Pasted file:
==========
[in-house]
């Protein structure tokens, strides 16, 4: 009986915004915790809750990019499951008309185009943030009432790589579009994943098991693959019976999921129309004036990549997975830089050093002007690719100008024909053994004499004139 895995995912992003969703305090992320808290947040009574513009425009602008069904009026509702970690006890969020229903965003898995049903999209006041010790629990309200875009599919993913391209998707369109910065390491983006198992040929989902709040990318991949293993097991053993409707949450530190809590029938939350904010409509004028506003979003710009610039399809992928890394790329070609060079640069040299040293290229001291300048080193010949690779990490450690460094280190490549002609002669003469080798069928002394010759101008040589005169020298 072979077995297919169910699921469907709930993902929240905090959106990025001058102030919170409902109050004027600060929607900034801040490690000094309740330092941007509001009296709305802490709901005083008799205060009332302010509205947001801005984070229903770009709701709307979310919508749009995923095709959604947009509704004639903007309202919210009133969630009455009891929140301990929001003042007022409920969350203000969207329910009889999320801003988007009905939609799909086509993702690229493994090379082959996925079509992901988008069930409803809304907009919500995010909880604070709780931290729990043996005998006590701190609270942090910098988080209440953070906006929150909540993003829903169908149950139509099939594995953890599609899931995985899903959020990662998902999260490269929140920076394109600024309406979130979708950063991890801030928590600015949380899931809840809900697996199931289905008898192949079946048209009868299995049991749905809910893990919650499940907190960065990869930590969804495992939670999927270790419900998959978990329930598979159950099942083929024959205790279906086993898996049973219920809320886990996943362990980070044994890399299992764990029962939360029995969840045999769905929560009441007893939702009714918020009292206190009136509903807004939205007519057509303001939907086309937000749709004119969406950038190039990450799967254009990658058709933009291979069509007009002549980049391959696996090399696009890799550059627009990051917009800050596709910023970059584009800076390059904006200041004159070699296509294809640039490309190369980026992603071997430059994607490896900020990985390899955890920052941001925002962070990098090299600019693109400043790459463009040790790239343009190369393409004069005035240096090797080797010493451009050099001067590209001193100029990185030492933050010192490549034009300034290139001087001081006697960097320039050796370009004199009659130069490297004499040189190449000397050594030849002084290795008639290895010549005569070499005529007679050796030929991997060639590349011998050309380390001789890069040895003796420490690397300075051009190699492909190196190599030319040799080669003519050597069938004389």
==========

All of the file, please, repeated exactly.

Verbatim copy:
[in-house]
């Protein structure tokens, strides 16, 4: 009986915004915790809750990019499951008309185009943030009432790589579009994943098991693959019976999921129309004036990549997975830089050093002007690719100008024909053994004499004139 895995995912992003969703305090992320808290947040009574513009425009602008069904009026509702970690006890969020229903965003898995049903999209006041010790629990309200875009599919993913391209998707369109910065390491983006198992040929989902709040990318991949293993097991053993409707949450530190809590029938939350904010409509004028506003979003710009610039399809992928890394790329070609060079640069040299040293290229001291300048080193010949690779990490450690460094280190490549002609002669003469080798069928002394010759101008040589005169020298 072979077995297919169910699921469907709930993902929240905090959106990025001058102030919170409902109050004027600060929607900034801040490690000094309740330092941007509001009296709305802490709901005083008799205060009332302010509205947001801005984070229903770009709701709307979310919508749009995923095709959604947009509704004639903007309202919210009133969630009455009891929140301990929001003042007022409920969350203000969207329910009889999320801003988007009905939609799909086509993702690229493994090379082959996925079509992901988008069930409803809304907009919500995010909880604070709780931290729990043996005998006590701190609270942090910098988080209440953070906006929150909540993003829903169908149950139509099939594995953890599609899931995985899903959020990662998902999260490269929140920076394109600024309406979130979708950063991890801030928590600015949380899931809840809900697996199931289905008898192949079946048209009868299995049991749905809910893990919650499940907190960065990869930590969804495992939670999927270790419900998959978990329930598979159950099942083929024959205790279906086993898996049973219920809320886990996943362990980070044994890399299992764990029962939360029995969840045999769905929560009441007893939702009714918020009292206190009136509903807004939205007519057509303001939907086309937000749709004119969406950038190039990450799967254009990658058709933009291979069509007009002549980049391959696996090399696009890799550059627009990051917009800050596709910023970059584009800076390059904006200041004159070699296509294809640039490309190369980026992603071997430059994607490896900020990985390899955890920052941001925002962070990098090299600019693109400043790459463009040790790239343009190369393409004069005035240096090797080797010493451009050099001067590209001193100029990185030492933050010192490549034009300034290139001087001081006697960097320039050796370009004199009659130069490297004499040189190449000397050594030849002084290795008639290895010549005569070499005529007679050796030929991997060639590349011998050309380390001789890069040895003796420490690397300075051009190699492909190196190599030319040799080669003519050597069938004389």